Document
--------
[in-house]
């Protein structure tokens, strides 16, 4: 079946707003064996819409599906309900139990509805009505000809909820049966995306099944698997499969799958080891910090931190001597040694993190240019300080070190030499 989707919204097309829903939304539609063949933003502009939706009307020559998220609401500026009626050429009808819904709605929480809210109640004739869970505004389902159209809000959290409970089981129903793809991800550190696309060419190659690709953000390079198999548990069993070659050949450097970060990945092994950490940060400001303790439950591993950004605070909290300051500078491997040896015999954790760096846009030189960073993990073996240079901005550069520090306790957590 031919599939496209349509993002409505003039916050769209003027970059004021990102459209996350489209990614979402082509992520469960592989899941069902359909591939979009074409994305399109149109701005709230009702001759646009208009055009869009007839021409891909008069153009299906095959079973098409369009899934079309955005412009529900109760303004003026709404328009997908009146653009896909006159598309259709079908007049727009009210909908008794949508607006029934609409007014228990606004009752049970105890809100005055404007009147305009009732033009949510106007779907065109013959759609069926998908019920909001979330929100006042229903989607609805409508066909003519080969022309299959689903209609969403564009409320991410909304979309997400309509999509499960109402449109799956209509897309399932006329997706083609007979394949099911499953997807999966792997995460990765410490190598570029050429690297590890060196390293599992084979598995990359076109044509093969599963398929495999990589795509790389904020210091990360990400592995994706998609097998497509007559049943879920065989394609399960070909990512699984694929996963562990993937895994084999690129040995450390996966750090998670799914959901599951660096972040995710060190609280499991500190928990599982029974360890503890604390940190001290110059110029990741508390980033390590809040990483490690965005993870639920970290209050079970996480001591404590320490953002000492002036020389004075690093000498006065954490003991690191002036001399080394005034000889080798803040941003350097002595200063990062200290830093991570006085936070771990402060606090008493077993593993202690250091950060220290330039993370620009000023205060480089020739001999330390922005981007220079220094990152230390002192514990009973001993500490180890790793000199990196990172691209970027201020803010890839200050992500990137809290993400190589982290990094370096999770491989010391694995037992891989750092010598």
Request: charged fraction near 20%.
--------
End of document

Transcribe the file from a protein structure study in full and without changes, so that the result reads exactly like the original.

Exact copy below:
[in-house]
């Protein structure tokens, strides 16, 4: 079946707003064996819409599906309900139990509805009505000809909820049966995306099944698997499969799958080891910090931190001597040694993190240019300080070190030499 989707919204097309829903939304539609063949933003502009939706009307020559998220609401500026009626050429009808819904709605929480809210109640004739869970505004389902159209809000959290409970089981129903793809991800550190696309060419190659690709953000390079198999548990069993070659050949450097970060990945092994950490940060400001303790439950591993950004605070909290300051500078491997040896015999954790760096846009030189960073993990073996240079901005550069520090306790957590 031919599939496209349509993002409505003039916050769209003027970059004021990102459209996350489209990614979402082509992520469960592989899941069902359909591939979009074409994305399109149109701005709230009702001759646009208009055009869009007839021409891909008069153009299906095959079973098409369009899934079309955005412009529900109760303004003026709404328009997908009146653009896909006159598309259709079908007049727009009210909908008794949508607006029934609409007014228990606004009752049970105890809100005055404007009147305009009732033009949510106007779907065109013959759609069926998908019920909001979330929100006042229903989607609805409508066909003519080969022309299959689903209609969403564009409320991410909304979309997400309509999509499960109402449109799956209509897309399932006329997706083609007979394949099911499953997807999966792997995460990765410490190598570029050429690297590890060196390293599992084979598995990359076109044509093969599963398929495999990589795509790389904020210091990360990400592995994706998609097998497509007559049943879920065989394609399960070909990512699984694929996963562990993937895994084999690129040995450390996966750090998670799914959901599951660096972040995710060190609280499991500190928990599982029974360890503890604390940190001290110059110029990741508390980033390590809040990483490690965005993870639920970290209050079970996480001591404590320490953002000492002036020389004075690093000498006065954490003991690191002036001399080394005034000889080798803040941003350097002595200063990062200290830093991570006085936070771990402060606090008493077993593993202690250091950060220290330039993370620009000023205060480089020739001999330390922005981007220079220094990152230390002192514990009973001993500490180890790793000199990196990172691209970027201020803010890839200050992500990137809290993400190589982290990094370096999770491989010391694995037992891989750092010598």
Request: charged fraction near 20%.